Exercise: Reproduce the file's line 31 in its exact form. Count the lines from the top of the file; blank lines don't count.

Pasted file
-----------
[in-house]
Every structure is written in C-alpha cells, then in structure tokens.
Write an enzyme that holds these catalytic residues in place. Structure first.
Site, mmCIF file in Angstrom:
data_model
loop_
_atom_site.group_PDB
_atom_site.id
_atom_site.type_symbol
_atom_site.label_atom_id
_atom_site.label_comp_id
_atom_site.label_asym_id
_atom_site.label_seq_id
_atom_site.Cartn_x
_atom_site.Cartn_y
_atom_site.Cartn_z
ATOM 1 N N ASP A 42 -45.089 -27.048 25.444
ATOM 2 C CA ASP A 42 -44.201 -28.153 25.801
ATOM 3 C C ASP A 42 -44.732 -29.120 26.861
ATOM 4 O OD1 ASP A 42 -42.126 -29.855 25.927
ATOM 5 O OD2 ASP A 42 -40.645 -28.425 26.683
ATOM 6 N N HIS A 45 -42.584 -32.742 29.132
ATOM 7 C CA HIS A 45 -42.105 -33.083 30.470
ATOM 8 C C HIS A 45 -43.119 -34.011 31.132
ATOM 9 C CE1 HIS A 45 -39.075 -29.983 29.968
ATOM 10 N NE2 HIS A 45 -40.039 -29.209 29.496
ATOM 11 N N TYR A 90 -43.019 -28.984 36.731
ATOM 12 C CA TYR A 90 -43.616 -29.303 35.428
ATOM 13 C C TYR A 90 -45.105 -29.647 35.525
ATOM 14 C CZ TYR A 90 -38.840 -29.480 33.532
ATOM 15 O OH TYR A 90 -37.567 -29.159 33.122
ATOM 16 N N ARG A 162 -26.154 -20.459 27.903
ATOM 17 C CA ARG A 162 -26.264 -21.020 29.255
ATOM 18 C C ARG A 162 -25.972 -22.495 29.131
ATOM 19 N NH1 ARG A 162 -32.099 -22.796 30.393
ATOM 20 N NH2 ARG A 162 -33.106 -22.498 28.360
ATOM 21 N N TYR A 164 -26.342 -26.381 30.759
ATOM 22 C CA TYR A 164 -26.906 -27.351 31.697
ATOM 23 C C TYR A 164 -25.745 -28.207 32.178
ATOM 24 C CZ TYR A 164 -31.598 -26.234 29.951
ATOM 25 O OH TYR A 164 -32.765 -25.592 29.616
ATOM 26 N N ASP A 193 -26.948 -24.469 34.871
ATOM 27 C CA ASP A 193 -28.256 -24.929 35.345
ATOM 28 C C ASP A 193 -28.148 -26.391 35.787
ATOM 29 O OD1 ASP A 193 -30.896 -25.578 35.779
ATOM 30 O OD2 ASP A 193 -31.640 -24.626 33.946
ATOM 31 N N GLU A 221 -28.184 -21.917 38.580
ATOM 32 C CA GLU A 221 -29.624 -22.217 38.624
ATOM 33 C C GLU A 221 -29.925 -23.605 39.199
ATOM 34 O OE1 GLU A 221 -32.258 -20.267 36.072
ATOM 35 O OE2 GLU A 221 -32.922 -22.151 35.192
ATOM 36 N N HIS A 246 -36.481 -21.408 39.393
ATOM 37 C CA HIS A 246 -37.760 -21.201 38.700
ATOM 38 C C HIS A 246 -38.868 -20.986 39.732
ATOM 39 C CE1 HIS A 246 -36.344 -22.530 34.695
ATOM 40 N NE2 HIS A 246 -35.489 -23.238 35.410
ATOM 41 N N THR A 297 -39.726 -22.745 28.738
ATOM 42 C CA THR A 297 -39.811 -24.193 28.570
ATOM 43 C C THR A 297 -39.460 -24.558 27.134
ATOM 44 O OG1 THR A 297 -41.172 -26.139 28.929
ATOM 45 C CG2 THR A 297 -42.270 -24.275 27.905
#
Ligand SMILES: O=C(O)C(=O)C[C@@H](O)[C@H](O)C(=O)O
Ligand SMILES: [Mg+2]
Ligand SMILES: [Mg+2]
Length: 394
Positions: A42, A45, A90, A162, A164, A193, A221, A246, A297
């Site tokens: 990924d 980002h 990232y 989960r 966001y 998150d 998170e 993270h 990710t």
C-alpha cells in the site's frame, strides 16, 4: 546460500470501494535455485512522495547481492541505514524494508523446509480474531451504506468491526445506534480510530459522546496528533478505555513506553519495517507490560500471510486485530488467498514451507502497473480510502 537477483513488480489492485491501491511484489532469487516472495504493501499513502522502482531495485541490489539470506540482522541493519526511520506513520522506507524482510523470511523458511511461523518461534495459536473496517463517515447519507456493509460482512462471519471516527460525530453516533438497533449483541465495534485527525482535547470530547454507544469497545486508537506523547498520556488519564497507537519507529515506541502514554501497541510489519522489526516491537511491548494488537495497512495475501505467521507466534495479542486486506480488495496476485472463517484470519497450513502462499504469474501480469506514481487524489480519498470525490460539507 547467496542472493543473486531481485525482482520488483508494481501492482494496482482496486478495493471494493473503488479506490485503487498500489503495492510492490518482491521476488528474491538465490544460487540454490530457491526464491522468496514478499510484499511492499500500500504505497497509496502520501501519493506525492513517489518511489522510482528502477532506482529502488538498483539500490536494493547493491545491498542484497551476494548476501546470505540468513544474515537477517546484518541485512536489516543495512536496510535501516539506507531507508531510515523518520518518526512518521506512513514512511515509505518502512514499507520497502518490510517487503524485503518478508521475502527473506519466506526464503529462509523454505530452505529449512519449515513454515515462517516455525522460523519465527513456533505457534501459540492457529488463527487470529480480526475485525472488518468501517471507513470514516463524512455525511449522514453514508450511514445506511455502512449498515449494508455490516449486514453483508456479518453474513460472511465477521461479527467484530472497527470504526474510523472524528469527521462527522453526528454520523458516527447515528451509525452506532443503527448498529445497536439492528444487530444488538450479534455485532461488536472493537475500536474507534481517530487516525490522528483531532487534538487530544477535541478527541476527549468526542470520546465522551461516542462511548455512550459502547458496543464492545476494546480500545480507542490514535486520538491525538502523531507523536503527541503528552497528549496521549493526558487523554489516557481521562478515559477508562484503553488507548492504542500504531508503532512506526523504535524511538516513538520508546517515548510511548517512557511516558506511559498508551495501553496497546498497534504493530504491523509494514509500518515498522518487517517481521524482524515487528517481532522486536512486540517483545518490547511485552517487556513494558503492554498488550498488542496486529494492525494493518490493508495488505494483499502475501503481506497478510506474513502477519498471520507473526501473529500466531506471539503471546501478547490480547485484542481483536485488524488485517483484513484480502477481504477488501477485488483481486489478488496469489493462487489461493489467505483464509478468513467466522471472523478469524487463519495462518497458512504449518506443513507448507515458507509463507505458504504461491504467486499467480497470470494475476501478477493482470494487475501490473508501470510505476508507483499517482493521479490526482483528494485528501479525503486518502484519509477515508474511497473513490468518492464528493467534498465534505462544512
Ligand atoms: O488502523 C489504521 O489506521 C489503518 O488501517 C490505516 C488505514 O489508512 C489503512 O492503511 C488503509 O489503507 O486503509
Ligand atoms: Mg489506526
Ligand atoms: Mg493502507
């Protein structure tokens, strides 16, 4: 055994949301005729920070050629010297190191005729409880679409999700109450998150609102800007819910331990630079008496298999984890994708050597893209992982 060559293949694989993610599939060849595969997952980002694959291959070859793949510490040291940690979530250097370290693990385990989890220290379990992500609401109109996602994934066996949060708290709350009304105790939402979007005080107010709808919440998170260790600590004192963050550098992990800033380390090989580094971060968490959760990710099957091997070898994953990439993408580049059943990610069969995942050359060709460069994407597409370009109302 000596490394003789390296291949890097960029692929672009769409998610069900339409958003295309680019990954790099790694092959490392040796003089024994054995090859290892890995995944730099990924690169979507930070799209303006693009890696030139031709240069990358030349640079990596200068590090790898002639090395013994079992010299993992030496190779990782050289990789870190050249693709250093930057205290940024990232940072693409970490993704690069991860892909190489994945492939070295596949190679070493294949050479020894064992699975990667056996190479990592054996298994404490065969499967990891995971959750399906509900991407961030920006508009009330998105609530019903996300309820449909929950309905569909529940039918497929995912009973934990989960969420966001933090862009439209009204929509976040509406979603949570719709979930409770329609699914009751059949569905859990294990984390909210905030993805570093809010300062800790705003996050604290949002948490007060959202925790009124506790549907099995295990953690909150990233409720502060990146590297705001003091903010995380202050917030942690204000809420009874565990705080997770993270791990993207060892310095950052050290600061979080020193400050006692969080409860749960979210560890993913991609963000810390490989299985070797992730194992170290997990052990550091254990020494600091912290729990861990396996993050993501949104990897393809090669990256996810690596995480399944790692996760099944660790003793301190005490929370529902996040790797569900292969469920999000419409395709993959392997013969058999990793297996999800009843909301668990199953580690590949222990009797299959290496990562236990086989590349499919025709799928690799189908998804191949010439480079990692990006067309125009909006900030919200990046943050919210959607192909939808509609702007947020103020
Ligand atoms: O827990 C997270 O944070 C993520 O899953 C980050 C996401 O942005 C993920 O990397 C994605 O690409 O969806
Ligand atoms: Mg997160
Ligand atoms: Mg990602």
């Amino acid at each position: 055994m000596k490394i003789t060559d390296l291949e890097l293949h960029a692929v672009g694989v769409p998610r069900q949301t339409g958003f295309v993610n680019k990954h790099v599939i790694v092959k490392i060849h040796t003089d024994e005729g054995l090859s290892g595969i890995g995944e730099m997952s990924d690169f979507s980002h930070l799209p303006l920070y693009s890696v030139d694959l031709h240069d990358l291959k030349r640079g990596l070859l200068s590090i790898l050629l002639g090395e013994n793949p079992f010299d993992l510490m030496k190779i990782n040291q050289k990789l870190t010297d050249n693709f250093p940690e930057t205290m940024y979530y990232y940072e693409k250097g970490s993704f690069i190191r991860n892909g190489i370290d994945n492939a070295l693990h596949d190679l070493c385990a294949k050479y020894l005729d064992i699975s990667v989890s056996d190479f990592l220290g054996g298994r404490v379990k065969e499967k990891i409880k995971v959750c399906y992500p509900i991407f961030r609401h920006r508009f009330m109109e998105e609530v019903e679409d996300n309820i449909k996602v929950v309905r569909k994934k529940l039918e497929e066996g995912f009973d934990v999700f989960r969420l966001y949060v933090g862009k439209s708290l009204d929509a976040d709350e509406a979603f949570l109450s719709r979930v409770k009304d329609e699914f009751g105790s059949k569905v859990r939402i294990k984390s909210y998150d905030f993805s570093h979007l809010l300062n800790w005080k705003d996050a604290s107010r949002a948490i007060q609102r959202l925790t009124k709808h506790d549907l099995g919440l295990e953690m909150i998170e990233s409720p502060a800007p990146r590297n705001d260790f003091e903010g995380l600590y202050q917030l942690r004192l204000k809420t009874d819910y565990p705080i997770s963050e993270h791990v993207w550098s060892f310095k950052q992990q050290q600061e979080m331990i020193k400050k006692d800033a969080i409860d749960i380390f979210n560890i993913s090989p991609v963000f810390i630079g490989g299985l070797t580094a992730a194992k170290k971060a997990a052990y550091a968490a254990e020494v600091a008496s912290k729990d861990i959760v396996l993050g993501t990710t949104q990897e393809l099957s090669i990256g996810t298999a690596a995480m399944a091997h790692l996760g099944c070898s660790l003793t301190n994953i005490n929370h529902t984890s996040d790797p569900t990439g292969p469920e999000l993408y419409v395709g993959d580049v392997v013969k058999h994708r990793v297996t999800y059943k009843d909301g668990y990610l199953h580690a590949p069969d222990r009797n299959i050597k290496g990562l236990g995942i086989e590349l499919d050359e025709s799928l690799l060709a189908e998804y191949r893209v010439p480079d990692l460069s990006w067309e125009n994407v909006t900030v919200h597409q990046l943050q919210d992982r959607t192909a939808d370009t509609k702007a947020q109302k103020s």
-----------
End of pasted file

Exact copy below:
ATOM 15 O OH TYR A 90 -37.567 -29.159 33.122